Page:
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Off-Grid Power: Is It Time to Ditch the Grid?

Erica Charles 23 Nov 2018

"Can I go off-grid with solar?" is a question we are asked at least once a week. When the Big 6 hike electricity prices, make that once a day.

It's a particularly enticing proposition, especially if you are 'self-building' your dream home and aiming for PassivHaus standards and Grand Design prizes.

The Short Answer is "Yes you can go off-grid with solar."

A Better Answer is "Don't do it unless your grid connection is REALLY expensive."  Instead, make the Grid work for you by taking full advantage of time-of-use tariffs (off-peak charging).

To illustrate our Better Answer, we've modelled an off-grid residential property with an annual electricity consumption of 5,000 kWh.

First things first, what does an off-grid solar system look like?

To go off-grid with any renewable energy system, you need a renewable energy source (solar, wind, or both), a battery system, and realistically, a back-up generator.

Why do you need a back-up generator?

Because the wind blows intermittently and the sun shines only in the day, and only for a few hours in winter, without a generator you would need significantly to over-size your renewable energy system to cover the 'worst case' weather conditions.

And this would mean that it had to be powered down during the best weather, such that some of the generation was wasted.  Thus increasing your 'lifetime cost per kWh' of electricity.

For example...

Modelling an average-to-large home using 5000kWh per year, and a maximum instantaneous demand of 10kW, we tried three different off grid solar system configurations with varying sizes of solar PV + battery, as follows: 

  System 1   System 2   System 3  

Generator:

11kW LPG   11kW LPG   11kW LPG  

PV System Size:

5kWp   10kWp   30kWp  

Battery Capacity:

10kWh   20kWh   90kWh  

Battery Max Continuous Charge / Discharge Rate:

Max Peak Discharge Rate:

 

3.4kW / 4.5kW

10kW

 

 

6.7kW / 9kW

20kW

 

 

20kW / 24kW

30kW

 

 

The battery storage systems were based on combining a Victron inverter / charger with off grid storage batteries from BYD (LFP - lithium ferro phosphate).

In a single year, the modelled contribution of the generator, solar PV system (electricity used immediately) and battery (solar electricity stored and later discharged) was as follows:  

   System 1   System 2   System 3
Breakdown of Annual Supply to Load (kWh)      
- Generator (kWh): 1,992 40% 1,022 20% 0 0%
- Solar PV direct (kWh): 1,256 25% 1,350 27% 1,354 27%

- Battery (kWh):

1,752 35%   2,629 53% 3,646  73% 

- Total (kWh):

5,000   5,000   5,000

 

What is clear is that in order not to need the generator at all, we really had to ramp up the size of the solar PV system and the capacity of the batteries: to 30kWp of solar PV and 90kWh of batteries.

With the smallest solar PV and battery system, the generator provided 40% of the load.

Cost considerations aside, the trouble with ramping up the size of the solar PV and batteries, is that in summer / good weather a lot of solar PV electricity has to be 'wasted' by powering down the inverters. Note that in an off-grid system, once the batteries are full, if there is insufficient load to use the solar generation, the solar PV system has to power down to stop the solar PV from over-powering the property's electrical distribution system.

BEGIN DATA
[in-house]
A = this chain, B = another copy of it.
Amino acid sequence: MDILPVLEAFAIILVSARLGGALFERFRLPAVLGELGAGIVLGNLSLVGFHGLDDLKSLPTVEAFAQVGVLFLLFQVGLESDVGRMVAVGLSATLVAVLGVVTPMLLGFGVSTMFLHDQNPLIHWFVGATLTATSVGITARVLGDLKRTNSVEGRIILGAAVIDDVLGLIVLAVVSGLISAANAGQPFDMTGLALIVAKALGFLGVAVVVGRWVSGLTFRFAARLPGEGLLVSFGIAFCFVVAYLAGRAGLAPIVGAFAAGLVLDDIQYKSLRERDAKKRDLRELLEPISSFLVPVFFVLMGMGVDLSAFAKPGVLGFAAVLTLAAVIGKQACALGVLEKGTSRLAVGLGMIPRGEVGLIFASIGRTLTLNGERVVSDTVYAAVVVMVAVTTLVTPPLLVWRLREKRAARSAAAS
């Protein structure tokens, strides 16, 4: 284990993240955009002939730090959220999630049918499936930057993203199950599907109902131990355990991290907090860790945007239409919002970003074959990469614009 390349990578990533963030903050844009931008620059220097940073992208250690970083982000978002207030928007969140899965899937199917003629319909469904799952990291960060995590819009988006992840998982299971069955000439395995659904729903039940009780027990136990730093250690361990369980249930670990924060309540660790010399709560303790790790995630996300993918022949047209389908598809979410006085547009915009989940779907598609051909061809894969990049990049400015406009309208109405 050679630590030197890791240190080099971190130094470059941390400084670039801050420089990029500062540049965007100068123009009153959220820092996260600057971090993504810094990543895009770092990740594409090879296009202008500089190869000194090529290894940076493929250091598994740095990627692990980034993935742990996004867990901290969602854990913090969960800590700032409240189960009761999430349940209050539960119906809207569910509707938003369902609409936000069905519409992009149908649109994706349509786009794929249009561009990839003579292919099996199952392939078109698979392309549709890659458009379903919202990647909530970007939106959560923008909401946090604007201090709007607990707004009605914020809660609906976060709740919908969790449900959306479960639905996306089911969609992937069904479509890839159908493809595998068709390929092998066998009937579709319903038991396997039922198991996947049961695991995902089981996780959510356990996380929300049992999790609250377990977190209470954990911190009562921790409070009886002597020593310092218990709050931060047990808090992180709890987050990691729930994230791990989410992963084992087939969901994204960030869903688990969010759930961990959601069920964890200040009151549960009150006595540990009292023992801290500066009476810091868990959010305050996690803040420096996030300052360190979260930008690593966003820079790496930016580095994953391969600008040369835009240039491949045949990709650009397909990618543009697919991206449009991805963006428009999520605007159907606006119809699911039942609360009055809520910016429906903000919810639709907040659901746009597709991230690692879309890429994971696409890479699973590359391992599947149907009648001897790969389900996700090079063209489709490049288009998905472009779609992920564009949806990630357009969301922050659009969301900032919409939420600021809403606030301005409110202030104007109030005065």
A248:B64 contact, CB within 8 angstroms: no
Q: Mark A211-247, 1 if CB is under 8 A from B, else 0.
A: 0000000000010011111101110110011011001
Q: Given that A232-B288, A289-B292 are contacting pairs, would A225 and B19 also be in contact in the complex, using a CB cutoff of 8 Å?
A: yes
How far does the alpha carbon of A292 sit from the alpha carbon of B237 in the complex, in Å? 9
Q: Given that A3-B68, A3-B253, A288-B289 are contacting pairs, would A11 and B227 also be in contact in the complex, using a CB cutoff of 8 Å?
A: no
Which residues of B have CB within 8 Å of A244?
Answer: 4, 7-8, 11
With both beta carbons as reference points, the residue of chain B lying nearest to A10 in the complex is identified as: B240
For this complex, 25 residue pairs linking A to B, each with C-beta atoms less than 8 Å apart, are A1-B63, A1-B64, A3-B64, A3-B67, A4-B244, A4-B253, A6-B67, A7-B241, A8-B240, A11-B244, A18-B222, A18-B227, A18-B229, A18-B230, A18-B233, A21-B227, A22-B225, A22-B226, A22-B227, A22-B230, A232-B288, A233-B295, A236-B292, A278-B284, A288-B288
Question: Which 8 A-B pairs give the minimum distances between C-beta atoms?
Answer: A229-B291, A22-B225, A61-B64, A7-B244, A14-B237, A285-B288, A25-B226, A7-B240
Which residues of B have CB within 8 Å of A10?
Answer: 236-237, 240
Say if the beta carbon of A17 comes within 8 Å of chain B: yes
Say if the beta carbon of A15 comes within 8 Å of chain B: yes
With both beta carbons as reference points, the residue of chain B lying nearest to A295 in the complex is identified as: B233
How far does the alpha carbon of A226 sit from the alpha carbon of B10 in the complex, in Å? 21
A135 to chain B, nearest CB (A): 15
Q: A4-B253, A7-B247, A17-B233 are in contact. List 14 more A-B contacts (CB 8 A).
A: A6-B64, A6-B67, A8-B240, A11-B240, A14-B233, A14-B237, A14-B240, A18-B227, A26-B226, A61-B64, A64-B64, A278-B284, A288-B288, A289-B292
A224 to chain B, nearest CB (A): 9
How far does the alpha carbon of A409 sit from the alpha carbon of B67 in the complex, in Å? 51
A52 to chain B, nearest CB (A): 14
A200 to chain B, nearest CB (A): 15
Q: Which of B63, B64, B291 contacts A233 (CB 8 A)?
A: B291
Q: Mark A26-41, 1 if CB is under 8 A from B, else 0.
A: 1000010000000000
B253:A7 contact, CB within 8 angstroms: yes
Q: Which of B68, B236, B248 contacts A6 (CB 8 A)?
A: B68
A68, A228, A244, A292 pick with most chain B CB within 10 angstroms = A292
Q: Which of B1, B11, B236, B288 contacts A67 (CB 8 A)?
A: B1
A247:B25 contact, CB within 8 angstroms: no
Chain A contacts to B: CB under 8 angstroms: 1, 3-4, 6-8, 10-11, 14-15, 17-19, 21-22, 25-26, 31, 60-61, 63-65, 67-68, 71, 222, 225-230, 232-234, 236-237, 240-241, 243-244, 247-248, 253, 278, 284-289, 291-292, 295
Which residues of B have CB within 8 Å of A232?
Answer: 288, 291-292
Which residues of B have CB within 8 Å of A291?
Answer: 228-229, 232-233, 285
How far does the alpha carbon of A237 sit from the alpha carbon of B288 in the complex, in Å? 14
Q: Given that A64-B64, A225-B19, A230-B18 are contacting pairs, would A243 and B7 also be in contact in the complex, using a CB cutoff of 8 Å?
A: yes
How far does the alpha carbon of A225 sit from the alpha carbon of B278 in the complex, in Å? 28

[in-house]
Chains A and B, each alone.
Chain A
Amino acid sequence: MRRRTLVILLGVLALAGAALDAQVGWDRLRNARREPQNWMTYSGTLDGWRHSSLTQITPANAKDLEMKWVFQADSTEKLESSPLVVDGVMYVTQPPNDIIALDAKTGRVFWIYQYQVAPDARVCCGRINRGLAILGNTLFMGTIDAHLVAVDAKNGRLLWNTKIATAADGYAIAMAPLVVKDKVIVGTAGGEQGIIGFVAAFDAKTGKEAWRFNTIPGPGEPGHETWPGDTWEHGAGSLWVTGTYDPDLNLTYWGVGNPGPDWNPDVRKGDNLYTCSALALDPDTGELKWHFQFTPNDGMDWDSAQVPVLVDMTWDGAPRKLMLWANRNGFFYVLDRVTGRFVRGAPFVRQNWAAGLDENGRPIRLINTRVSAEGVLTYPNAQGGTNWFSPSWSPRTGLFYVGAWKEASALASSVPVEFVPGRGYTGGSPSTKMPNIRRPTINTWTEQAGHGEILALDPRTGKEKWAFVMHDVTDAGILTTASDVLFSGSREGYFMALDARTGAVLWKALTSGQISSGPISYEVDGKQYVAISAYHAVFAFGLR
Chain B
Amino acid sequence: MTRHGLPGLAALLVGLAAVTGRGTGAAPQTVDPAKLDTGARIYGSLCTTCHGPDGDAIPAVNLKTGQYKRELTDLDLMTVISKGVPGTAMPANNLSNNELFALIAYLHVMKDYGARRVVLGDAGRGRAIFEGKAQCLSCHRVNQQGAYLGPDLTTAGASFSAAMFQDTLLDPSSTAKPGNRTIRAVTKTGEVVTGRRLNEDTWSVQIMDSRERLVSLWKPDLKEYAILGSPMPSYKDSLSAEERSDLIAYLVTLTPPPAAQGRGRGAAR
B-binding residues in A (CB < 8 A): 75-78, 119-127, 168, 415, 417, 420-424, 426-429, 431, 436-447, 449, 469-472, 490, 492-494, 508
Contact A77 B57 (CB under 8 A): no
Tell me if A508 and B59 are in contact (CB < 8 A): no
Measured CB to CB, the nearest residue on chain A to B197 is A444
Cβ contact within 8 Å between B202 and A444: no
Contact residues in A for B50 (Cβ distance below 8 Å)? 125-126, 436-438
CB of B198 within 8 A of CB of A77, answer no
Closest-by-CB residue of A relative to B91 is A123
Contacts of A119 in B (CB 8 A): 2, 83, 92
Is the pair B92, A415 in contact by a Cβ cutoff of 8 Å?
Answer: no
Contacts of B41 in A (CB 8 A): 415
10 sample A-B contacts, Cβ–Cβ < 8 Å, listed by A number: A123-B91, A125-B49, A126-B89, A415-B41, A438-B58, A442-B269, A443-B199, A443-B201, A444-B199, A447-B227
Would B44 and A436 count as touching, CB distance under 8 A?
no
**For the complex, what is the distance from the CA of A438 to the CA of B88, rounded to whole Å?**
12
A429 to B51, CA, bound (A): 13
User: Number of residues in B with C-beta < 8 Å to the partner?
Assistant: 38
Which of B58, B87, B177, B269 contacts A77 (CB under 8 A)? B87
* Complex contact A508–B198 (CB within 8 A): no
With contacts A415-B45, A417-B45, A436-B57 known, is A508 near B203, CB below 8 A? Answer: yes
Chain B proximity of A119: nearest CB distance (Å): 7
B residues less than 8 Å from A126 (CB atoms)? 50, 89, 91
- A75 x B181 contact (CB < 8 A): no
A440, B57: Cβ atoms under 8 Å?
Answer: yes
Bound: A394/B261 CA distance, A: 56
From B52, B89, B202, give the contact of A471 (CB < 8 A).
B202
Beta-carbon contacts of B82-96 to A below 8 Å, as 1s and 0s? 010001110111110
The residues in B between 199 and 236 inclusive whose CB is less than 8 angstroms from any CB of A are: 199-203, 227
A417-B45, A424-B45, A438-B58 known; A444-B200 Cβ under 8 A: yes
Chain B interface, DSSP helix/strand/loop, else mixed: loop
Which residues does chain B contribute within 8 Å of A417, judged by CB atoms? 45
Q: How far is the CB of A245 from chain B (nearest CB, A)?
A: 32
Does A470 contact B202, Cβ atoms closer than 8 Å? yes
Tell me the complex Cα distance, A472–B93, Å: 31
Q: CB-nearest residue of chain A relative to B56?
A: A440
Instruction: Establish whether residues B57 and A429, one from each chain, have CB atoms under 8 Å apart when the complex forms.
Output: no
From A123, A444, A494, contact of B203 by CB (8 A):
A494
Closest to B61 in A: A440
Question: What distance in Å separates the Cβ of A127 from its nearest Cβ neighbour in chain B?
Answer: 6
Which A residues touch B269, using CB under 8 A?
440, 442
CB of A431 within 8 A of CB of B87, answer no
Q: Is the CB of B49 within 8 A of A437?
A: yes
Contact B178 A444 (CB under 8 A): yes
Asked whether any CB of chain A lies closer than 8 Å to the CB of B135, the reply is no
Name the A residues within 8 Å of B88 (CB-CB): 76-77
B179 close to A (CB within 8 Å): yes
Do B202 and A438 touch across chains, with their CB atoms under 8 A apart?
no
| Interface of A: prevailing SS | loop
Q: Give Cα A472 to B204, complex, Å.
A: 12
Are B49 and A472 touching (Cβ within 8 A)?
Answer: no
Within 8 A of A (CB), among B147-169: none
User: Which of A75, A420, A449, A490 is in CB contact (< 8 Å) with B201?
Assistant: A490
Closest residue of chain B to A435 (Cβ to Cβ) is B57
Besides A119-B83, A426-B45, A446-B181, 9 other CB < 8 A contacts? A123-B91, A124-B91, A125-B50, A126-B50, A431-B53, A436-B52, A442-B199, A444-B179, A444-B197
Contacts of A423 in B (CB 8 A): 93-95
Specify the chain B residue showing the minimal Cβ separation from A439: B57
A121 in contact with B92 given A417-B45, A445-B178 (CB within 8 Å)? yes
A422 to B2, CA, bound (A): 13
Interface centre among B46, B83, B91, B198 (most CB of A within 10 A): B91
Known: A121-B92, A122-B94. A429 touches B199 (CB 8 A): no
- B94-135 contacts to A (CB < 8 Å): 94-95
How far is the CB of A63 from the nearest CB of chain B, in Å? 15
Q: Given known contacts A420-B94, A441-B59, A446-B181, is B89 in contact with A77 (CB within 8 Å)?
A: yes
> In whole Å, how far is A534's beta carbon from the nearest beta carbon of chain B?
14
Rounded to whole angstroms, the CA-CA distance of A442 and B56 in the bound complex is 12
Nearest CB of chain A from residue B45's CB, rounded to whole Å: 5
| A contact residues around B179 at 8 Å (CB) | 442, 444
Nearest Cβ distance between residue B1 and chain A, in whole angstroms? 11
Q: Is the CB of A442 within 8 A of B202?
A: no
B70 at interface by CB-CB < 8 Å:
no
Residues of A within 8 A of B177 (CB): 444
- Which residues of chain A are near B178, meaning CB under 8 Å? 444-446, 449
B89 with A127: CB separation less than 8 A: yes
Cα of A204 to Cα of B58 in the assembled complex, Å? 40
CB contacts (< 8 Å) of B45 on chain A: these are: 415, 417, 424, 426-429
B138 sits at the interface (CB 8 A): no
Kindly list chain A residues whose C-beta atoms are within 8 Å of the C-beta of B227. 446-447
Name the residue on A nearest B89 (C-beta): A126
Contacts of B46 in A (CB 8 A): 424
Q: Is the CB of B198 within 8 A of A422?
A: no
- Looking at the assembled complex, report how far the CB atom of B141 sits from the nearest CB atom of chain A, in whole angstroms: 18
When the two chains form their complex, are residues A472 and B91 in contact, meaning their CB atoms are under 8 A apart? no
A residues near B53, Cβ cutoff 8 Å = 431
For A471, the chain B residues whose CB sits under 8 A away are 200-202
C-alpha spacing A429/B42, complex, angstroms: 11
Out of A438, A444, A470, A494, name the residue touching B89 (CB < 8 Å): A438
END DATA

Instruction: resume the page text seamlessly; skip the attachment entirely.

This is how much potential solar electricity is lost by each system every year to 'powering down': 

   System 1   System 2   System 3
Annual Solar PV Output (kWh): 4,487   8,974   26,921  
Lost to 'Powering Down': 1,194 27% 4,567 51% 21,526 80%

 

Even with the small 5kWp solar PV and 10kWh battery storage system, 27% of the solar PV generation has to be curtailed.  With the large 30kWp / 90kWh system, you get rid of the generator, but a staggering 80% of the solar generation has to be curtailed.

Note that when the system is grid-connected, this 'excess' goes back to the grid and you get paid for it. Thus the solar PV system is allowed to operate at peak output at all times.

Rough Costs

So we've established that it makes sense to have a generator. What about system cost?

Assuming an installed generator cost of £7,500 and a running cost of 15p per kWh for the generator and annual servicing cost of £200, the up-front system costs and on-going running costs are as shown in the table below.  The table also shows the annual saving of the system compared to buying 5000 kWh off the grid at 16p per kWh:

   System 1   System 2   System 3

System Cost:

£24,000   £39,000   £110,000  

Running Cost per annum:

£500   £350   £200  

Saving Against Grid Electricity Each Year (16p per kWh Grid Cost):

 

£300

 

 

£450

 

 

£600

 

The 'optimal' payback is from System 1 or System 2. But clearly if you can use the Grid, you should - if your grid connection is cheap to secure, there is no point spending £24,000 to save £300 a year. 

If on the other hand, you are building a property in the middle of nowhere and you have been quoted £20,000 plus to bring electricity into the property, then it will make financial sense to Ditch the Grid.

Conclusion

If you are building your dream home and the cost of running an electricity supply from the Grid into the home is going to exceed £20,000, give us a call, and we will gladly help you to design and install an off-grid electricity system.

Otherwise it's probably best to stay connected for now......... use solar and / or a battery system to insulate yourself from peak electricity charges, whilst taking advantage of cheap overnight import tariffs and the export tariff. 

Topics: Off Grid Power

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